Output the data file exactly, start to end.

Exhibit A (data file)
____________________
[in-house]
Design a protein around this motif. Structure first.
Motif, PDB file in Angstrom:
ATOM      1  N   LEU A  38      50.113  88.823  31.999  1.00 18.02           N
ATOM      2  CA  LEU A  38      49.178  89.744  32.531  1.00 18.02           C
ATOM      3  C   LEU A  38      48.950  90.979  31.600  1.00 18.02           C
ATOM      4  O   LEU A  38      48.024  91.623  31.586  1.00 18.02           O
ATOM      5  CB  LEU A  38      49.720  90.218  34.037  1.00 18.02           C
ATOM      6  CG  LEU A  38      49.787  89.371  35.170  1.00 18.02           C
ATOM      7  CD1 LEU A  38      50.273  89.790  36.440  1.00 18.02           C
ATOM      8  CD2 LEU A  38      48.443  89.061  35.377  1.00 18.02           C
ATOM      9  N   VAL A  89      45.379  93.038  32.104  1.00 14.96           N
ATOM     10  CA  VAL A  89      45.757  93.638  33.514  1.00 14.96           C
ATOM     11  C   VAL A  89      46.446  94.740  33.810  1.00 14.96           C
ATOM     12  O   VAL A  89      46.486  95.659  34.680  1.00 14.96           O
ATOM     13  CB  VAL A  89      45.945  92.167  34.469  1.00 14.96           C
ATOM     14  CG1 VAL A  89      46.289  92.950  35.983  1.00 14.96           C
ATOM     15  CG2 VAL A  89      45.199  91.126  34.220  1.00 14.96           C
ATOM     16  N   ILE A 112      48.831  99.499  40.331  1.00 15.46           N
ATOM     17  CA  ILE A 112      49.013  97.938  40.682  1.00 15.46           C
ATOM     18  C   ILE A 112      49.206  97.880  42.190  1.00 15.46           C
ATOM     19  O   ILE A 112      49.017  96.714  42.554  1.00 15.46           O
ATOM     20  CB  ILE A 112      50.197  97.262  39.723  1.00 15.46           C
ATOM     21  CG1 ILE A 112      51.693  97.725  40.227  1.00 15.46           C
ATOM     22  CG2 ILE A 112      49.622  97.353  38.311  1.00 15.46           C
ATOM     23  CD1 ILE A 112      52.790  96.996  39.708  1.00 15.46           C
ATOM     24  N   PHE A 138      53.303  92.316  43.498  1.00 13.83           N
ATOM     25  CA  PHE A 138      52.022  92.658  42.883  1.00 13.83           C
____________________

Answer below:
[in-house]
Design a protein around this motif. Structure first.
Motif, PDB file in Angstrom:
ATOM      1  N   LEU A  38      50.113  88.823  31.999  1.00 18.02           N
ATOM      2  CA  LEU A  38      49.178  89.744  32.531  1.00 18.02           C
ATOM      3  C   LEU A  38      48.950  90.979  31.600  1.00 18.02           C
ATOM      4  O   LEU A  38      48.024  91.623  31.586  1.00 18.02           O
ATOM      5  CB  LEU A  38      49.720  90.218  34.037  1.00 18.02           C
ATOM      6  CG  LEU A  38      49.787  89.371  35.170  1.00 18.02           C
ATOM      7  CD1 LEU A  38      50.273  89.790  36.440  1.00 18.02           C
ATOM      8  CD2 LEU A  38      48.443  89.061  35.377  1.00 18.02           C
ATOM      9  N   VAL A  89      45.379  93.038  32.104  1.00 14.96           N
ATOM     10  CA  VAL A  89      45.757  93.638  33.514  1.00 14.96           C
ATOM     11  C   VAL A  89      46.446  94.740  33.810  1.00 14.96           C
ATOM     12  O   VAL A  89      46.486  95.659  34.680  1.00 14.96           O
ATOM     13  CB  VAL A  89      45.945  92.167  34.469  1.00 14.96           C
ATOM     14  CG1 VAL A  89      46.289  92.950  35.983  1.00 14.96           C
ATOM     15  CG2 VAL A  89      45.199  91.126  34.220  1.00 14.96           C
ATOM     16  N   ILE A 112      48.831  99.499  40.331  1.00 15.46           N
ATOM     17  CA  ILE A 112      49.013  97.938  40.682  1.00 15.46           C
ATOM     18  C   ILE A 112      49.206  97.880  42.190  1.00 15.46           C
ATOM     19  O   ILE A 112      49.017  96.714  42.554  1.00 15.46           O
ATOM     20  CB  ILE A 112      50.197  97.262  39.723  1.00 15.46           C
ATOM     21  CG1 ILE A 112      51.693  97.725  40.227  1.00 15.46           C
ATOM     22  CG2 ILE A 112      49.622  97.353  38.311  1.00 15.46           C
ATOM     23  CD1 ILE A 112      52.790  96.996  39.708  1.00 15.46           C
ATOM     24  N   PHE A 138      53.303  92.316  43.498  1.00 13.83           N
ATOM     25  CA  PHE A 138      52.022  92.658  42.883  1.00 13.83           C